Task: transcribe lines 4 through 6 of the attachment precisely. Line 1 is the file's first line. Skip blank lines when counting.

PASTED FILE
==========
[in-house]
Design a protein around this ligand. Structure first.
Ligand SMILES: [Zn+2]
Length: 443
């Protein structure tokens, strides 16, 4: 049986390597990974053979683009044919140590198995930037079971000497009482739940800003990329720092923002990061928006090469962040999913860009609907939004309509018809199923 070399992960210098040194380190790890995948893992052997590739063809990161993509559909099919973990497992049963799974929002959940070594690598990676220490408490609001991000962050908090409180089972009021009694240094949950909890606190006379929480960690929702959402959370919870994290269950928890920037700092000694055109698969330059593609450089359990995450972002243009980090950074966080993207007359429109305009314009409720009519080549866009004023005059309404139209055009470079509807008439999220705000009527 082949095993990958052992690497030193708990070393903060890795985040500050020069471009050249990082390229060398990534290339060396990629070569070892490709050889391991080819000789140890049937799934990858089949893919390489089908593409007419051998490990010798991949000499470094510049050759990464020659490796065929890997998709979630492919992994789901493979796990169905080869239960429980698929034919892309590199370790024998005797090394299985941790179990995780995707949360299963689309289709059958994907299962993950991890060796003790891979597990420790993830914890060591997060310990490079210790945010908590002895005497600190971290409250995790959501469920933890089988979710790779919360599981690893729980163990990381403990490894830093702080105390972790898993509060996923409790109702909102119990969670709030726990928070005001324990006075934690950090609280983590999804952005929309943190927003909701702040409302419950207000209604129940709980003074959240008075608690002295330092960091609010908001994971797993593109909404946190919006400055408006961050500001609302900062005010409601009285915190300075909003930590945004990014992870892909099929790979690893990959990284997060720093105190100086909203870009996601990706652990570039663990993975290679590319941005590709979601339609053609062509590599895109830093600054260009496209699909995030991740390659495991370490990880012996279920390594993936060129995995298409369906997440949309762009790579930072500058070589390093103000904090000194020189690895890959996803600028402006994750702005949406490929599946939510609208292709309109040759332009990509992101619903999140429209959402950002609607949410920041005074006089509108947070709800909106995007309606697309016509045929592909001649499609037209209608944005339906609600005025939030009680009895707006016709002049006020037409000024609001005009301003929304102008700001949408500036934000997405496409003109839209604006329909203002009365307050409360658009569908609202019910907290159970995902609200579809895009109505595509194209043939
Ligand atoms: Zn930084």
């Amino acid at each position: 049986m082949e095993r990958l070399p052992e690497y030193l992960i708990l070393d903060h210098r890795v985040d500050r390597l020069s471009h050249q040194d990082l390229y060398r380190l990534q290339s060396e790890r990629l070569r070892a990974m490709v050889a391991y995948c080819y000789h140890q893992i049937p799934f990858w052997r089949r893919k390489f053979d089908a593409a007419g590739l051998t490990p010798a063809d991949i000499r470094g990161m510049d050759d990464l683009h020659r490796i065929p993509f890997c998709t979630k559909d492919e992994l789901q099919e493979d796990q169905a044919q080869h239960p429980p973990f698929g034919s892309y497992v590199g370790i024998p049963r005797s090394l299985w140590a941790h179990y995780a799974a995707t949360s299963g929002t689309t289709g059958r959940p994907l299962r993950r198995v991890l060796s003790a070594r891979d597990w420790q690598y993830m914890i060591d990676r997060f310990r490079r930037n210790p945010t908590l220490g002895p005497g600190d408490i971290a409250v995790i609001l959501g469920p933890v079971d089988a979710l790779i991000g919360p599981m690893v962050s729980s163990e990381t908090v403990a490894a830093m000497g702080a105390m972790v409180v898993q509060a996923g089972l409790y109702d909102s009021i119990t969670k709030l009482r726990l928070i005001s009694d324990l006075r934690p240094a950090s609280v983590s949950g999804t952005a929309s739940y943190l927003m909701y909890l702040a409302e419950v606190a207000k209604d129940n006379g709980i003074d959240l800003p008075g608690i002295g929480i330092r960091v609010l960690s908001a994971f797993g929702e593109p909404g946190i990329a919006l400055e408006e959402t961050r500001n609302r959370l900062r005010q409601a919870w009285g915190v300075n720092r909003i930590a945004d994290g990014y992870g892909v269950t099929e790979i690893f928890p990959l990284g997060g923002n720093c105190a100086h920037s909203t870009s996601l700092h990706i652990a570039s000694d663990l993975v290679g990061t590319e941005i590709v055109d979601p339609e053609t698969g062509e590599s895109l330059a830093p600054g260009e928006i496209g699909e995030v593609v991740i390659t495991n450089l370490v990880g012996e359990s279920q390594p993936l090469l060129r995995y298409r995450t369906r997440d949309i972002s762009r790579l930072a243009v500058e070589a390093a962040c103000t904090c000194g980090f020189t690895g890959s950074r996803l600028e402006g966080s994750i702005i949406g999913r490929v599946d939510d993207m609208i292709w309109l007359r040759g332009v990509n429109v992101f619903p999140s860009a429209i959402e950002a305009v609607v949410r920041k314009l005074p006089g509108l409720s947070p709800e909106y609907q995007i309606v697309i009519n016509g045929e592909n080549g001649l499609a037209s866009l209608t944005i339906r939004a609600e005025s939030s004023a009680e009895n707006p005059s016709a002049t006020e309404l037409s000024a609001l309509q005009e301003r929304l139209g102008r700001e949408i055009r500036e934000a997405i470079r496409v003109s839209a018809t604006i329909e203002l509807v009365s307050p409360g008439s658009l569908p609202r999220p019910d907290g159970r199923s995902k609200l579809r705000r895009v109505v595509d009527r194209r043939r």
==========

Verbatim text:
Length: 443
């Protein structure tokens, strides 16, 4: 049986390597990974053979683009044919140590198995930037079971000497009482739940800003990329720092923002990061928006090469962040999913860009609907939004309509018809199923 070399992960210098040194380190790890995948893992052997590739063809990161993509559909099919973990497992049963799974929002959940070594690598990676220490408490609001991000962050908090409180089972009021009694240094949950909890606190006379929480960690929702959402959370919870994290269950928890920037700092000694055109698969330059593609450089359990995450972002243009980090950074966080993207007359429109305009314009409720009519080549866009004023005059309404139209055009470079509807008439999220705000009527 082949095993990958052992690497030193708990070393903060890795985040500050020069471009050249990082390229060398990534290339060396990629070569070892490709050889391991080819000789140890049937799934990858089949893919390489089908593409007419051998490990010798991949000499470094510049050759990464020659490796065929890997998709979630492919992994789901493979796990169905080869239960429980698929034919892309590199370790024998005797090394299985941790179990995780995707949360299963689309289709059958994907299962993950991890060796003790891979597990420790993830914890060591997060310990490079210790945010908590002895005497600190971290409250995790959501469920933890089988979710790779919360599981690893729980163990990381403990490894830093702080105390972790898993509060996923409790109702909102119990969670709030726990928070005001324990006075934690950090609280983590999804952005929309943190927003909701702040409302419950207000209604129940709980003074959240008075608690002295330092960091609010908001994971797993593109909404946190919006400055408006961050500001609302900062005010409601009285915190300075909003930590945004990014992870892909099929790979690893990959990284997060720093105190100086909203870009996601990706652990570039663990993975290679590319941005590709979601339609053609062509590599895109830093600054260009496209699909995030991740390659495991370490990880012996279920390594993936060129995995298409369906997440949309762009790579930072500058070589390093103000904090000194020189690895890959996803600028402006994750702005949406490929599946939510609208292709309109040759332009990509992101619903999140429209959402950002609607949410920041005074006089509108947070709800909106995007309606697309016509045929592909001649499609037209209608944005339906609600005025939030009680009895707006016709002049006020037409000024609001005009301003929304102008700001949408500036934000997405496409003109839209604006329909203002009365307050409360658009569908609202019910907290159970995902609200579809895009109505595509194209043939
Ligand atoms: Zn930084």